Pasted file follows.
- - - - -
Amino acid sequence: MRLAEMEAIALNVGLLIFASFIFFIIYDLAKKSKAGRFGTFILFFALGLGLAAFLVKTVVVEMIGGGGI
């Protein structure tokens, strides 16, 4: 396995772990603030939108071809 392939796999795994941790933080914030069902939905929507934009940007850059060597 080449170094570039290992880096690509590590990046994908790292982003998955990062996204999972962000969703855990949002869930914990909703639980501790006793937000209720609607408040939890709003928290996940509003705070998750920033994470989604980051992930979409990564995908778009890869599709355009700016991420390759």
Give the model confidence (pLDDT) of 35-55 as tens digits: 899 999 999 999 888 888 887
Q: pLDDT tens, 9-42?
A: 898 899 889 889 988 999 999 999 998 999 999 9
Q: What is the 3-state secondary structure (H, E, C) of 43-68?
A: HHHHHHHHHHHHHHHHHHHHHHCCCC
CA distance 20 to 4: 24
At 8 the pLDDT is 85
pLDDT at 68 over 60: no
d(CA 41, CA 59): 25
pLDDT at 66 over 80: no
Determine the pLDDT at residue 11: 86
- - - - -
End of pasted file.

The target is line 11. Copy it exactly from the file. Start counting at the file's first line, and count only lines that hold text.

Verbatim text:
d(CA 41, CA 59): 25